By Kristin Withrow, Communications Specialist
Photo caption: McKinleyville CSD microgrid groundbreaking ceremony in May 2022. Left to right: Director John Corbett, Supervisor Steve Madrone, Board President David Couch, Director Scott Binder, Director Greg Orsini, Director Dennis Mayo.
The Pacific northwest is home to magnificent beaches, towering redwoods bordered by the Pacific ocean, and a coastal range of mountains. The McKinleyville Community Services District is the unincorporated community’s primary services structure, along with Humboldt County offices. Established on a bluff overlooking the Pacific in 1970, the independent special district has been the provider of water, streetlights, parks and recreation and the community center for the nearly 17,000 residents in the area. In addition, the district maintains open spaces and operates a state-of-the-art wastewater treatment facility which was upgraded in 2017.
California’s push toward renewable, non-carbon energy use has spurred an increase in funding options and opportunities for special districts across the state. In 2019, McKinleyville Community Services District found themselves on the receiving end of a $2.5 million grant and a $2.5 million low interest loan from the State Water Resources Control Board’s Energy Efficiency Grant Program.
“The only way we were able to make this plan work was through this grant and low interest loan program,” said Pat Kaspari, the district’s general manager. “Unfortunately, that grant program is not currently active, but we are a good case for the State Water Resources Control Board to continue that Energy Efficiency program because we would not have been able to implement this project without those funds.”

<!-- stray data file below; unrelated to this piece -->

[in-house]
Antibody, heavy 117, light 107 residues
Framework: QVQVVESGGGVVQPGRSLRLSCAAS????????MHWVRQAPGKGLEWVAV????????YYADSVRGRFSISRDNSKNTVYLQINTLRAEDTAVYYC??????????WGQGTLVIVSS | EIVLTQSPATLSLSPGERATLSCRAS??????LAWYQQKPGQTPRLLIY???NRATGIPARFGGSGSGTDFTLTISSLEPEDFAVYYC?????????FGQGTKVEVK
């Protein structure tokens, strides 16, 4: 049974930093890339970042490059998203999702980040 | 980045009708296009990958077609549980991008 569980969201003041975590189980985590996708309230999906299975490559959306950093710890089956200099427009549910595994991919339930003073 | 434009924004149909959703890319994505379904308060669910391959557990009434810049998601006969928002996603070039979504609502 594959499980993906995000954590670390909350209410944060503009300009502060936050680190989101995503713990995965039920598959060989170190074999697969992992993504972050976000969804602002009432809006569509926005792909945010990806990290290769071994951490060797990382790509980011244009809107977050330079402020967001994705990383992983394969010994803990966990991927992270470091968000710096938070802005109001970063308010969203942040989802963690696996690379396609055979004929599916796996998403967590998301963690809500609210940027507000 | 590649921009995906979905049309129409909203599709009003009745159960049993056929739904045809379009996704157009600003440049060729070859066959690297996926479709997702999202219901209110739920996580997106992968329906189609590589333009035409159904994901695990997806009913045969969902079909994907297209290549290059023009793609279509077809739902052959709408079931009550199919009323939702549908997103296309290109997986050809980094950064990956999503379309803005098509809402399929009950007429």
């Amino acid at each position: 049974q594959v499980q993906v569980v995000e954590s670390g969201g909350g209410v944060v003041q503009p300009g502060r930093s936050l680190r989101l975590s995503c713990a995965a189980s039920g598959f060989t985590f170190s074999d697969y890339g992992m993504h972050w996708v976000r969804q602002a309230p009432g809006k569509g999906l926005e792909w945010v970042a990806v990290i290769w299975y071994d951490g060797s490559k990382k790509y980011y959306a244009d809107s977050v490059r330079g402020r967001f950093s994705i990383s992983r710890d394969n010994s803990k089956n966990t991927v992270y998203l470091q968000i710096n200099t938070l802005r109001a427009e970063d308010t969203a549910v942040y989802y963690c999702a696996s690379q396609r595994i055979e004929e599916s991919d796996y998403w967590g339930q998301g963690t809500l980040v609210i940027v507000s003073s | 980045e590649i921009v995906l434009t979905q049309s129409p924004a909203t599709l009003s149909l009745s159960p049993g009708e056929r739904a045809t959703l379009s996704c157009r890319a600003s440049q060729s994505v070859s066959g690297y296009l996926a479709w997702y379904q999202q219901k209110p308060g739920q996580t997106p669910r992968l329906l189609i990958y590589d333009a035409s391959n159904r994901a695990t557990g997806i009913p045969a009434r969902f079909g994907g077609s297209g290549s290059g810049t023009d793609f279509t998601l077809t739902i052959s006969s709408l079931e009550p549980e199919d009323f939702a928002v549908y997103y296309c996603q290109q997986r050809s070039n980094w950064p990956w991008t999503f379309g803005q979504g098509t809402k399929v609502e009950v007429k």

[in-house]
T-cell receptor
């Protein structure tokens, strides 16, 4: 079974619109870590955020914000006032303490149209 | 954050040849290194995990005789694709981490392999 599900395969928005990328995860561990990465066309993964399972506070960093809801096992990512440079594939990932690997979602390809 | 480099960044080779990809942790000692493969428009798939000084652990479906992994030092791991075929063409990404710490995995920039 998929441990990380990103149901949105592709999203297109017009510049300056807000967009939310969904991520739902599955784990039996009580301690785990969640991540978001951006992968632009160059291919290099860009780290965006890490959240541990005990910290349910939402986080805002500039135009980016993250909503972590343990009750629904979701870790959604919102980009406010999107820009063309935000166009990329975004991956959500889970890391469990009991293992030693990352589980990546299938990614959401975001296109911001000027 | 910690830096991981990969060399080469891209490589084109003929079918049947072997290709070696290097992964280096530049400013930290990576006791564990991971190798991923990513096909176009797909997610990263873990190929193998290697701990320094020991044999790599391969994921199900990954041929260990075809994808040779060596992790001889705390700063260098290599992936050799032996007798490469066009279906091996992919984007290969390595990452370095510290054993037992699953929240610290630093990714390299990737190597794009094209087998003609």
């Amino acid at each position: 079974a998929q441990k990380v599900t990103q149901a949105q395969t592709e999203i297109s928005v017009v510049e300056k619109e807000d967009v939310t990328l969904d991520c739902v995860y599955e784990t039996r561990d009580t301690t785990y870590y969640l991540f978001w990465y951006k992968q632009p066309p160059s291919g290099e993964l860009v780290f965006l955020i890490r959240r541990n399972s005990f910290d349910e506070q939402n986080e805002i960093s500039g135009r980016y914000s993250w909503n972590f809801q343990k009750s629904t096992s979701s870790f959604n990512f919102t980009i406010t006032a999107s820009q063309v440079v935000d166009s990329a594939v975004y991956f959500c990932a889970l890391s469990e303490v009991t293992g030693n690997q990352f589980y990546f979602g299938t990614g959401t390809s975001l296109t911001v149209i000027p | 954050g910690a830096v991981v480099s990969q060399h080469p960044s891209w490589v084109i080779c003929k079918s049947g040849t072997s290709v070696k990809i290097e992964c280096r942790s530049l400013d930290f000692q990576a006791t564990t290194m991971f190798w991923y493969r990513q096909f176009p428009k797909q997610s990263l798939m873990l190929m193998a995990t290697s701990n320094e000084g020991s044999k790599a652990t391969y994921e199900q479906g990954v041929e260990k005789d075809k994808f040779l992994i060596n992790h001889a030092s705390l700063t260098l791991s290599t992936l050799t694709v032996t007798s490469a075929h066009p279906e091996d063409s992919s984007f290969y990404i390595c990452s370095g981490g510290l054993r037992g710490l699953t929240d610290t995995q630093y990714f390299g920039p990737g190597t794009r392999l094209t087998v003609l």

With an eye toward fiscal responsibility, cost management and the potential for PG&E Public Safety Power Shutoff (PSPS) events, the district took the opportunity to increase self-sufficiency while reducing the risks associated with a loss of power to its wastewater treatment facility. They selected Ameresco, an engineering firm from Massachusetts, to provide the facility with a solar microgrid system that would enable them to maintain operations during PSPS events and reduce their electricity costs of operation.
The system includes a 580 kW solar array with a 500-kW battery storage system that can produce 1,340-kWh in a single discharge, coupled with an existing diesel generator. An average estimated savings of $10,000 per month is expected from the microgrid.
For additional self-sufficiency and savings, the district worked with Tesla to install a battery energy storage system at one of their water pumping stations and a wastewater lift station. Tesla waived the installation fees for the district and PG&E provided grant money to offset additional costs. The battery systems will allow the district to discontinue use of diesel generators in a power interruption and allow critical water and wastewater pumping to continue uninterrupted for more than a day. In addition, the batteries can be charged during lower cost, off-peak hours to then reduce power intake during higher-cost peak usage hours, thereby saving the district electricity costs of around $30,000 annually.
Changes from traditional carbon-based fuel usage with generator backups to renewable energy sources that allow districts to use flexible energy in peak usage, or maintain uninterrupted operations during power losses, are becoming more widely instituted throughout the state. CSDA recognizes the pioneering spirit of independent special districts who are leveraging opportunities to upgrade infrastructure and find cost savings in non-traditional ways.
If your district has a renewable energy project coming online in 2023 that you’d like to share with us, please contact us at email@example.com.